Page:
What were you looking for in Haiti and Venezuela?
After Hidden Spain I realized that I am interested in studying human behavior during a religious ritual. I wanted to show cults without prejudice. I have heard many times that a voodoo cult, for instance, is awful, ugly, and cruel. This was coming from people who have never seen a voodoo service. This was when I decided to shoot voodoo rituals, later I took interest in the cult of María Lionza. I was mesmerized by how beautiful the ritual was.
Judging from your pictures from the place of worship of María Lionza, there is indeed a lot of cruelty. The believers are all bloodied when they rise from the ground.
Some injure themselves intentionally, to enter the state of deep trance. However, nobody was hurt during the ritual. Not on my watch anyway. Everyone stayed alive and well.
Did you study the history of cults before you started your work?
No. I had a sincere interest in what was going on, and it led me, it helped me work.
I don’t think coming to shoot with a lot of background knowledge would have been better.
It would have probably been worse. People around me described what was about to start going on as I was getting ready to shoot.
The cult theme is difficult, because it’s hard for photographers to arrange to shoot in holy places. There is immediately this issue of offending the feelings of believers. Was this an issue for you, too?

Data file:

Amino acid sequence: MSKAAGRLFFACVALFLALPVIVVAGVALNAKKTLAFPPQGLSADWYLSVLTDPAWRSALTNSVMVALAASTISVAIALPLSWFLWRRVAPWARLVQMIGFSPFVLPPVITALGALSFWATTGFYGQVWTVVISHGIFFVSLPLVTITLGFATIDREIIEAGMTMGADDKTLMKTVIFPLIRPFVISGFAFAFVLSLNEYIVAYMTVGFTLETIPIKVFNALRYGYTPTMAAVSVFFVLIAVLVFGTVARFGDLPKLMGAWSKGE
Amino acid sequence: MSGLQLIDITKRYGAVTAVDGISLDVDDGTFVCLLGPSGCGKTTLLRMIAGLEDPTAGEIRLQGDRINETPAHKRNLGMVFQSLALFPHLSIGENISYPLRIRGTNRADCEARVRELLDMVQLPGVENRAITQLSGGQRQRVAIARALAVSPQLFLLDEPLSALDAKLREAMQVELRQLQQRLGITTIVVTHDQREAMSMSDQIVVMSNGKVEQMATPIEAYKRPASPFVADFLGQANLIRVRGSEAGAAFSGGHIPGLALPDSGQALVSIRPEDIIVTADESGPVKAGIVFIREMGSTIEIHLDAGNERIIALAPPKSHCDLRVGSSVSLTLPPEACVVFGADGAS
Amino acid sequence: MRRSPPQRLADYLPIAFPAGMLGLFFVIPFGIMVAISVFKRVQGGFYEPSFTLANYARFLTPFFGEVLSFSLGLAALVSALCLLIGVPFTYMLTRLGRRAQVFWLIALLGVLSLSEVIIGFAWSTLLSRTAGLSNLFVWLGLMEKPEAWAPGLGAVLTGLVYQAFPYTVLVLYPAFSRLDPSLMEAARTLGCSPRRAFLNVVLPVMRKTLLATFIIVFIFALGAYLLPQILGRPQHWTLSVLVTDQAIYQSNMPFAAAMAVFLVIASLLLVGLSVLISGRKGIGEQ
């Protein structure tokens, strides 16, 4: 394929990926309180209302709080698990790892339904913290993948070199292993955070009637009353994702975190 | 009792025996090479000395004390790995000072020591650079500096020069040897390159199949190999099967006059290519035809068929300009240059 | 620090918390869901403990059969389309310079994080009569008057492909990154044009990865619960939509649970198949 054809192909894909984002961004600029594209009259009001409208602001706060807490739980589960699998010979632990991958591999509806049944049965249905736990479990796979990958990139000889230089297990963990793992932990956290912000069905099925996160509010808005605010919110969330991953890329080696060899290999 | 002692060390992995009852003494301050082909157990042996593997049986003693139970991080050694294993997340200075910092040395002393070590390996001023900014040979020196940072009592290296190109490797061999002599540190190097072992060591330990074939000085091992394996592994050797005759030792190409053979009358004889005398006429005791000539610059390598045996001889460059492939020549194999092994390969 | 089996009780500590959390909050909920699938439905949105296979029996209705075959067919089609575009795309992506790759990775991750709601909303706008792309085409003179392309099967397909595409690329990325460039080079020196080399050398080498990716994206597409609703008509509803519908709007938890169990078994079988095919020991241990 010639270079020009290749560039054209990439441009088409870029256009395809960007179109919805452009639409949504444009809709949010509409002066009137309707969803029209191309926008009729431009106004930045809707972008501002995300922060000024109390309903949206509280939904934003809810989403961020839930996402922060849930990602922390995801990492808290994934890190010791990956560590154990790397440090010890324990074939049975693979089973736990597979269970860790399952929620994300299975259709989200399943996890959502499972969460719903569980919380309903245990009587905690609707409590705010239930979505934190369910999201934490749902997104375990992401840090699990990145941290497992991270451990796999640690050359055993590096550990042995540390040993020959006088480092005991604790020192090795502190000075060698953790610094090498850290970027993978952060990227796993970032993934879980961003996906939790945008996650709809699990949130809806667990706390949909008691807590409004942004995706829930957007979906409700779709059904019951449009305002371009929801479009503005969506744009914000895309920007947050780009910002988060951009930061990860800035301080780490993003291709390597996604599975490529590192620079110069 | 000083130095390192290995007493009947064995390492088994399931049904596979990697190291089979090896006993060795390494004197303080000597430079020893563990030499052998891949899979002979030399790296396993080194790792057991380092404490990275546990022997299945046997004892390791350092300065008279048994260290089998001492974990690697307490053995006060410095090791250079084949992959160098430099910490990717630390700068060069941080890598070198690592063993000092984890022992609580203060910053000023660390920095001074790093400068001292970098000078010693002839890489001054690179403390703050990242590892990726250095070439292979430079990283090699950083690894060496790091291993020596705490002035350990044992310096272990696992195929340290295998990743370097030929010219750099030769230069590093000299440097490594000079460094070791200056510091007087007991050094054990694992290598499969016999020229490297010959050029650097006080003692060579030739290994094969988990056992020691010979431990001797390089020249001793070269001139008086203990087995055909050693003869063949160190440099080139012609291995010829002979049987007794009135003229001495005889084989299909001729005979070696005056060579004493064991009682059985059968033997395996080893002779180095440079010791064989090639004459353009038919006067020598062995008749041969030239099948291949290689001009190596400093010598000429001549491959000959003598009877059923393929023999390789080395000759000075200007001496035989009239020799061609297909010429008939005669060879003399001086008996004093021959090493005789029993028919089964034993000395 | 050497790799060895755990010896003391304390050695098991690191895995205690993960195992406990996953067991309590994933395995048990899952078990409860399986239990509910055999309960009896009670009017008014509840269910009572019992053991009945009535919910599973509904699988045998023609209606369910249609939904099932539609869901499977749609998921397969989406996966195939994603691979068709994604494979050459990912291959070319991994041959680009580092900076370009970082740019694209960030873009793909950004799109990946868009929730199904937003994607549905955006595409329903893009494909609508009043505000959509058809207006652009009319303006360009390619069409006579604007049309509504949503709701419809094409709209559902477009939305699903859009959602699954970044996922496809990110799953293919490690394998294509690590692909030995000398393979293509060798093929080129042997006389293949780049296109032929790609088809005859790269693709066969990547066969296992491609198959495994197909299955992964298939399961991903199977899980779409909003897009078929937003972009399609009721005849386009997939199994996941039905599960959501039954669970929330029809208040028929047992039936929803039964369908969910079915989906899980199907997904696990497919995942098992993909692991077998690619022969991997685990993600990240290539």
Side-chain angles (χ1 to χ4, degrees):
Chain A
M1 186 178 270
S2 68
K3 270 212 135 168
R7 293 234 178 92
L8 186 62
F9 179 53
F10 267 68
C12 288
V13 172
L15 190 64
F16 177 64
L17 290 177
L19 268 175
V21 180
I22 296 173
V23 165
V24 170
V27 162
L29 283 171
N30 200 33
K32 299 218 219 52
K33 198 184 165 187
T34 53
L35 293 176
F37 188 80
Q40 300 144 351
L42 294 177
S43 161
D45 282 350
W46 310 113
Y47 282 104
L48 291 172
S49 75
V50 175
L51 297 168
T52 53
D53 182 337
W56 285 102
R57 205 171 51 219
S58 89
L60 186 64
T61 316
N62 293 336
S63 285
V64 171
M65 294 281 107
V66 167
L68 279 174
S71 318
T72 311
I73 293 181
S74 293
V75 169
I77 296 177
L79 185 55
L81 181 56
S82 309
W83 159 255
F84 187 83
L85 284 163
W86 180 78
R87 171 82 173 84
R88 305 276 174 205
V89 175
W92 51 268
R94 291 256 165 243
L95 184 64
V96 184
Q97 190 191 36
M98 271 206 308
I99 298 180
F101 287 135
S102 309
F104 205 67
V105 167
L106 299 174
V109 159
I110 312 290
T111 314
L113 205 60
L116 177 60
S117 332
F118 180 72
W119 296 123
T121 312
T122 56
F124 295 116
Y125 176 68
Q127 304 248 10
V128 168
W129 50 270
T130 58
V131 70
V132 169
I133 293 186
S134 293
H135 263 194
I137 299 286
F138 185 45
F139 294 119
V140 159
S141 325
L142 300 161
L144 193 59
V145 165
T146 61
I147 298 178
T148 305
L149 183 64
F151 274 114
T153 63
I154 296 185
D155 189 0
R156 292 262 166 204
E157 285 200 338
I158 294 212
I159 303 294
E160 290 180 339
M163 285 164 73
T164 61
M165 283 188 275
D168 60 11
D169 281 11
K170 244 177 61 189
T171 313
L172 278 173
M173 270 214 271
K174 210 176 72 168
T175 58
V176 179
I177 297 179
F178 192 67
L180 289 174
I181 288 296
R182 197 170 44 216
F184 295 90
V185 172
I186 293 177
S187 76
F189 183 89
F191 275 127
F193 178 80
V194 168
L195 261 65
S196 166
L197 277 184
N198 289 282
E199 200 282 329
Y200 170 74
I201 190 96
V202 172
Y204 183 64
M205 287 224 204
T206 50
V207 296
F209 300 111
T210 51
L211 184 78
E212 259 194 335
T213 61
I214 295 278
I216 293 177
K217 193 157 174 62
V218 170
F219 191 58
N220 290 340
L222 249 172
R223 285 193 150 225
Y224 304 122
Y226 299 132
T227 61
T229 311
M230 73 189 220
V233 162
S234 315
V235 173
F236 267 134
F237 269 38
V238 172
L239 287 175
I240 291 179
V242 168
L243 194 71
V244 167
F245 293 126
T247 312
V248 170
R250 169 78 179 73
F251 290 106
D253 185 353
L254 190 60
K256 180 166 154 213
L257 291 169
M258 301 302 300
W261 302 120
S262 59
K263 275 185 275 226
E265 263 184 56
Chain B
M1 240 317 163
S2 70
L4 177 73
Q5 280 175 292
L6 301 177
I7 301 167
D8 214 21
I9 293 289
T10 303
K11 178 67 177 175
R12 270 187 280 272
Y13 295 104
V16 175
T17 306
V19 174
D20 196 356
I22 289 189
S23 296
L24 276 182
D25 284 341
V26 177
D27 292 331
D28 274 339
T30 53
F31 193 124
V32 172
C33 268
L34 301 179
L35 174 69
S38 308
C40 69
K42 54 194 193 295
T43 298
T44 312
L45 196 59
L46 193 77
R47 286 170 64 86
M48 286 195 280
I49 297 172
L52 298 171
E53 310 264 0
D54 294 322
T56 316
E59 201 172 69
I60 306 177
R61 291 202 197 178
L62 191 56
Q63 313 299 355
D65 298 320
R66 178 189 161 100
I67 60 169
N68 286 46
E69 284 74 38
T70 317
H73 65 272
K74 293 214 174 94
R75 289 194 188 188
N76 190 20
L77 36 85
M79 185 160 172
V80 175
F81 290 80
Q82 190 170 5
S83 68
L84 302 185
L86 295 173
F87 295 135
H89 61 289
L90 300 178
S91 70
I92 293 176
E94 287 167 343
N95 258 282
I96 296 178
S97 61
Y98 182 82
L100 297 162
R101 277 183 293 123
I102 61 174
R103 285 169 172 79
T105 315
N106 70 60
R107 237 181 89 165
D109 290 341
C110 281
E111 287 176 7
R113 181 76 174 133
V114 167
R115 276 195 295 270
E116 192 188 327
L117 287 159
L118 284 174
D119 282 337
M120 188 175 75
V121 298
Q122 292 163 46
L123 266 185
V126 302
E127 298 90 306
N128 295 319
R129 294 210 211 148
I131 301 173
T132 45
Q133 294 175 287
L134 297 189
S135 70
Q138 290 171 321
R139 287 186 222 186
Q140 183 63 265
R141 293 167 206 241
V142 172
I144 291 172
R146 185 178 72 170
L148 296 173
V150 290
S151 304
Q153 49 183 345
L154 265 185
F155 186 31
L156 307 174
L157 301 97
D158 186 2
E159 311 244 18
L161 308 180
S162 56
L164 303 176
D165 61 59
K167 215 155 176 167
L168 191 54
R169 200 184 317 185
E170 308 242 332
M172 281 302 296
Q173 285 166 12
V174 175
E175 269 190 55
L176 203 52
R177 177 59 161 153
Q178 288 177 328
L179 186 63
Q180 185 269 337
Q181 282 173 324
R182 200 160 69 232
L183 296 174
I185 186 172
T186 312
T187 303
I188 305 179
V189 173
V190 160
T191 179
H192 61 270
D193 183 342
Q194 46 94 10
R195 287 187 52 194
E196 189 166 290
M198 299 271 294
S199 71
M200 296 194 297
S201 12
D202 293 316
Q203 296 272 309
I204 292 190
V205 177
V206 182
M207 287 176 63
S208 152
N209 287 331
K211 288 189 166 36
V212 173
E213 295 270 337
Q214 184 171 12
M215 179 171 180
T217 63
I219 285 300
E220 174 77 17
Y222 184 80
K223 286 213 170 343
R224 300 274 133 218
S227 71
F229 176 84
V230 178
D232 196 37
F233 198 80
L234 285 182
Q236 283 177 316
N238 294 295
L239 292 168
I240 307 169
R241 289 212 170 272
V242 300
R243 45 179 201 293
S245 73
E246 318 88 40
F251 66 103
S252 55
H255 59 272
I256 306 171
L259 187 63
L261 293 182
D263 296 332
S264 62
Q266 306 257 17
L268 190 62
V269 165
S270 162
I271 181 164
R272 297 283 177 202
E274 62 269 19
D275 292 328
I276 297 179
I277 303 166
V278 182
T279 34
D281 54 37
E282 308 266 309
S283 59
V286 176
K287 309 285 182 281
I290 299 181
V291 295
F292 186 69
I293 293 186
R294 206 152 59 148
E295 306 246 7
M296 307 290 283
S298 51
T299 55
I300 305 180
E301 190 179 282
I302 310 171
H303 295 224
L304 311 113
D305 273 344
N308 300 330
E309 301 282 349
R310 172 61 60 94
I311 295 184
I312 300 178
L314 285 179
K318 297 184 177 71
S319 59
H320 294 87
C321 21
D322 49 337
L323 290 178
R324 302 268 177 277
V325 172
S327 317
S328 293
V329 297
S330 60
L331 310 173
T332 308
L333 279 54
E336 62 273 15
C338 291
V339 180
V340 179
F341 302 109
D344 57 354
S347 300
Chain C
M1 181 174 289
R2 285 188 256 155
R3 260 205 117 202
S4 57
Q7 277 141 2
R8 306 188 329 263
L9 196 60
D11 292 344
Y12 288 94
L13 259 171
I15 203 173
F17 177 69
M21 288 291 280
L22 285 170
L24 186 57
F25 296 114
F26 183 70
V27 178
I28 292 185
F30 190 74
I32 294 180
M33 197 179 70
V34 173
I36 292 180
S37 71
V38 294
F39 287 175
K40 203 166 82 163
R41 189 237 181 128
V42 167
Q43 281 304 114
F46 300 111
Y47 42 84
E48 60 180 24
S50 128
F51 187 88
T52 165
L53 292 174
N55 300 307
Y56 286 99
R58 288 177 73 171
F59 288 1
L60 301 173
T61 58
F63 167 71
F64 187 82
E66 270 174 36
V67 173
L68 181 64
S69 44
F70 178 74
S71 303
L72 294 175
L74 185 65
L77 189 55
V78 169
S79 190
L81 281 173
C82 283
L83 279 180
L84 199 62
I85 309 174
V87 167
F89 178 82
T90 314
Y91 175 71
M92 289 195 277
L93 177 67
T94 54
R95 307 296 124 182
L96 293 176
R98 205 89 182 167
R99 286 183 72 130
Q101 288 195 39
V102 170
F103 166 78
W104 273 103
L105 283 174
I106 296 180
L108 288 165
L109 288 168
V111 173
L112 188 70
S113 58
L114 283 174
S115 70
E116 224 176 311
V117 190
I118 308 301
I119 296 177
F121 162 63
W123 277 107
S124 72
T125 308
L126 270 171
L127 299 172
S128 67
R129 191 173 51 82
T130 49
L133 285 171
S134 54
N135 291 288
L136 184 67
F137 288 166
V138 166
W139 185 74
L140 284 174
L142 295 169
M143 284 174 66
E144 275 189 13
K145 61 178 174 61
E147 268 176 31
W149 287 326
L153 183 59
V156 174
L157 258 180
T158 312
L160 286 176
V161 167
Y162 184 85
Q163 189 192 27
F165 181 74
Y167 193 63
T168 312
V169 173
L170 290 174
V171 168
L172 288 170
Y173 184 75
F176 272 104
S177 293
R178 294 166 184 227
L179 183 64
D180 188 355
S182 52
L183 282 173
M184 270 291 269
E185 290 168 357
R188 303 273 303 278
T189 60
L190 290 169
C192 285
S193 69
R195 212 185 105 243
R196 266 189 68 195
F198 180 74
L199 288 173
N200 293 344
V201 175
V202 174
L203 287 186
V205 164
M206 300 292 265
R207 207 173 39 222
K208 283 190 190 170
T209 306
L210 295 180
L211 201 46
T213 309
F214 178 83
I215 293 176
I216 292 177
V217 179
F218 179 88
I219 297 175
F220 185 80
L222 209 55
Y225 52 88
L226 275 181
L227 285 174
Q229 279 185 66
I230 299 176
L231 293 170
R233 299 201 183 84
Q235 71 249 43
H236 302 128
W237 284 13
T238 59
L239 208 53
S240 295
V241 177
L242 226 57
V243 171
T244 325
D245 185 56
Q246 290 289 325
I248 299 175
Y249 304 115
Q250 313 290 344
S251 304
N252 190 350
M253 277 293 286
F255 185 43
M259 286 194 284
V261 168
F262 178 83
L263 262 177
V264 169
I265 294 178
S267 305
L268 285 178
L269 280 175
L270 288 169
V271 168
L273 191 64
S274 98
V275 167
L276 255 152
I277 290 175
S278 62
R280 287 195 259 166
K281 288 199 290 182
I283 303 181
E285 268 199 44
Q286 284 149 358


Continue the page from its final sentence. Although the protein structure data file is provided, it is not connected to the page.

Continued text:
There was one thing I realized: the main enemy of the photographer is not people, but fear. It is fear that stands in the way. To conquer it, you need to communicate. I spent a lot of time with the believers, I lived with them. Sometimes they kissed me, and sometimes they showed me the door. But when you enter their circle, they stop paying attention to you, and then you can shoot. If someone doesn’t want any pictures at all — it is ok, I stop shooting. Priests get used to me with time, too. One thing that happened was that on Sorte Mountain in Venezuela they prohibited me from using a flash, as people were afraid that if the flash hits their eyes, they will remain in a trance till the end of their lives. I had to do without it.
Have you ever participated in any rituals yourself, to show the people that you are one of them, or you keep your distance?
I never participate in religious rituals that I am shooting. I always try to keep my distance there. Otherwise, I would have to participate in spiritualistic seances, shaman dances, magic, Catholic, and Orthodox rituals… The priests have often shared the grace they received during the rituals with me though. They asked me to come near and blessed me. And you can’t really say no to that.
And whenever anyone told me: “If you want, we will purify you now”, I refused under different pretexts.
Do you also keep your distance during the celebrations and crowded festivals?
I sometimes get excited by the carnival spirit. I was recently in Sicily, everyone in the square was dancing, so I couldn’t help but start dancing, too. However, there are kinds of entertainment that I never understood, such as sex shows.
You do shoot sex shows and love parades, too, though?
In a strange way, I feel attracted by both the spirit and the body. These are two opposite sides of our existence: one cannot be without the other in real life, nor in my pictures. They are like life and death that go hand in hand. This is why I continue capturing religious rituals and love parades, funerals and the first minutes after a new baby is born.